A recent Age article contains a claim attributed to the Minister for transport that 'a rise in train patronage had caught the Government by surprise'.

'It has been over 18 per cent in the past two years, which is massive," she said. "We usually operate on the basis of 3 to 4 per cent increase since we have come to office.'

The government has also claimed a policy of achieving 20% modal share for public transport by 2020. Since modal share is currently around 10% it follows that a dramatic increase in patronage is needed to achieve the modal share aim. Assuming no population increase and no increase in motor vehicle trips per capita, a doubling would be necessary. With population growth and car usage per capita still increasing, the actual increase would need to be more - perhaps around 150%.

Let us assume that we have, in 2007, a city of 100 people. It makes 1000 motorised trips per annum per capita of which 100 by public transport (ie a 10% modal share). Doubling modal share would require a shift of 100 trips to public transport from some other motorised mode. So that makes 200 trips, assuming that there is no change in the volume of travel per capita.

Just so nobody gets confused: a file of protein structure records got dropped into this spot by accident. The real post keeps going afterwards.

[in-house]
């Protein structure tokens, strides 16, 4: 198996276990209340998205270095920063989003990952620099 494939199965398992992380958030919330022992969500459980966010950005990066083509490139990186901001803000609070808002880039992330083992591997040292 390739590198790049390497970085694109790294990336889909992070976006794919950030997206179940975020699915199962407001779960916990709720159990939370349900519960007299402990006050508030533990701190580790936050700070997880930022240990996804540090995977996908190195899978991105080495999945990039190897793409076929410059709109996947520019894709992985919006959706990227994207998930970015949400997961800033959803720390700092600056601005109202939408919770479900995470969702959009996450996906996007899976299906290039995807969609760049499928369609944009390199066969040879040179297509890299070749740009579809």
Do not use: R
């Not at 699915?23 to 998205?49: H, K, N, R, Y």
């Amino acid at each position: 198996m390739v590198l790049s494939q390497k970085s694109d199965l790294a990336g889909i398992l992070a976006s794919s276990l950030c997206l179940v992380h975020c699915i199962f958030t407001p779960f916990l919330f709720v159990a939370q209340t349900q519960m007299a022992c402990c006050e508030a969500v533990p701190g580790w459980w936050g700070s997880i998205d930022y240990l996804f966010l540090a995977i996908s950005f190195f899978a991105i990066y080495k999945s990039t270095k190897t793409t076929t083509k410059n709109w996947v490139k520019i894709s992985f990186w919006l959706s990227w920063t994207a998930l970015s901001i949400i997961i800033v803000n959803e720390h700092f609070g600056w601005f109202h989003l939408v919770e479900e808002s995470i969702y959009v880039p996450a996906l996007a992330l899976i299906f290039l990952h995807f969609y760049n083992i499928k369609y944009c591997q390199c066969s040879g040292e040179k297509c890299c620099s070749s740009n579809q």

Then there's population growth. Assuming 1.4% pa growth rate this would take us to 120 people by 2020. Perhaps 1.4% pa is a bit higher than the historical record, but note that the population is ageing and the number of people of driving age is increasing faster than the general growth rate.

Thus the total number of public transport trips would need to increase from 100 people x 100 trips (10 000) to 120 people x 200 trips (24 000) per annum to meet the target. That earlier 150% estimate is pretty close.

Compound percentages are tedious to calculate, but financial people do it every day and have developed handy calculators such as this. Luckily they are just as good for other uses such as passenger growth calculations.